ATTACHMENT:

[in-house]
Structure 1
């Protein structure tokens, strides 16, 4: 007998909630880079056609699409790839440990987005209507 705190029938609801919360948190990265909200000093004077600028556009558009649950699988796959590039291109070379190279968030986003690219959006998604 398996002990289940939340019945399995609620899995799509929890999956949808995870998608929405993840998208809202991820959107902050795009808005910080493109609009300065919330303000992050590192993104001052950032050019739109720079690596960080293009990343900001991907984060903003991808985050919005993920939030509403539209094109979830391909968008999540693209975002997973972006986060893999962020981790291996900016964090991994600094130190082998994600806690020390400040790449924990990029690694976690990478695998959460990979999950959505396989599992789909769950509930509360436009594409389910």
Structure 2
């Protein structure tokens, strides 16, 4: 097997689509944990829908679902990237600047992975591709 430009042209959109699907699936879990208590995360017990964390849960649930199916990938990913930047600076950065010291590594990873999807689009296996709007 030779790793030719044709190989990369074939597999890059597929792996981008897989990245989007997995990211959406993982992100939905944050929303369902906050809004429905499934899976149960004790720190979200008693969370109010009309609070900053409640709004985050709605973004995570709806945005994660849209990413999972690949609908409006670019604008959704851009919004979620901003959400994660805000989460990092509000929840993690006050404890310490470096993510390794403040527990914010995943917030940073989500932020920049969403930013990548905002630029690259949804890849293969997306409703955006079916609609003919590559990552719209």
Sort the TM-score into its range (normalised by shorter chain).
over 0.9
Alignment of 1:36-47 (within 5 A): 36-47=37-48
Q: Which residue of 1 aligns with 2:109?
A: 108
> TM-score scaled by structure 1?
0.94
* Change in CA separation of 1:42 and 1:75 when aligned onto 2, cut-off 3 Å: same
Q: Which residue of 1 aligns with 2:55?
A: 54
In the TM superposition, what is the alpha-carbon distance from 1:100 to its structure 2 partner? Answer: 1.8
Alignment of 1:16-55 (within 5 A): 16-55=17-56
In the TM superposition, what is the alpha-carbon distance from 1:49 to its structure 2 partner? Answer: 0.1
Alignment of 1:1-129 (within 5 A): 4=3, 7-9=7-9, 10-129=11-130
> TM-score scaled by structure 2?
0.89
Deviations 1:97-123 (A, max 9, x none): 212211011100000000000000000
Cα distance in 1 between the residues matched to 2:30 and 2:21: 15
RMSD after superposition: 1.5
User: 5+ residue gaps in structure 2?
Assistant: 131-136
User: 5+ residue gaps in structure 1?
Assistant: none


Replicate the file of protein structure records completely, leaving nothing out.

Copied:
[in-house]
Structure 1
């Protein structure tokens, strides 16, 4: 007998909630880079056609699409790839440990987005209507 705190029938609801919360948190990265909200000093004077600028556009558009649950699988796959590039291109070379190279968030986003690219959006998604 398996002990289940939340019945399995609620899995799509929890999956949808995870998608929405993840998208809202991820959107902050795009808005910080493109609009300065919330303000992050590192993104001052950032050019739109720079690596960080293009990343900001991907984060903003991808985050919005993920939030509403539209094109979830391909968008999540693209975002997973972006986060893999962020981790291996900016964090991994600094130190082998994600806690020390400040790449924990990029690694976690990478695998959460990979999950959505396989599992789909769950509930509360436009594409389910």
Structure 2
């Protein structure tokens, strides 16, 4: 097997689509944990829908679902990237600047992975591709 430009042209959109699907699936879990208590995360017990964390849960649930199916990938990913930047600076950065010291590594990873999807689009296996709007 030779790793030719044709190989990369074939597999890059597929792996981008897989990245989007997995990211959406993982992100939905944050929303369902906050809004429905499934899976149960004790720190979200008693969370109010009309609070900053409640709004985050709605973004995570709806945005994660849209990413999972690949609908409006670019604008959704851009919004979620901003959400994660805000989460990092509000929840993690006050404890310490470096993510390794403040527990914010995943917030940073989500932020920049969403930013990548905002630029690259949804890849293969997306409703955006079916609609003919590559990552719209």
Sort the TM-score into its range (normalised by shorter chain).
over 0.9
Alignment of 1:36-47 (within 5 A): 36-47=37-48
Q: Which residue of 1 aligns with 2:109?
A: 108
> TM-score scaled by structure 1?
0.94
* Change in CA separation of 1:42 and 1:75 when aligned onto 2, cut-off 3 Å: same
Q: Which residue of 1 aligns with 2:55?
A: 54
In the TM superposition, what is the alpha-carbon distance from 1:100 to its structure 2 partner? Answer: 1.8
Alignment of 1:16-55 (within 5 A): 16-55=17-56
In the TM superposition, what is the alpha-carbon distance from 1:49 to its structure 2 partner? Answer: 0.1
Alignment of 1:1-129 (within 5 A): 4=3, 7-9=7-9, 10-129=11-130
> TM-score scaled by structure 2?
0.89
Deviations 1:97-123 (A, max 9, x none): 212211011100000000000000000
Cα distance in 1 between the residues matched to 2:30 and 2:21: 15
RMSD after superposition: 1.5
User: 5+ residue gaps in structure 2?
Assistant: 131-136
User: 5+ residue gaps in structure 1?
Assistant: none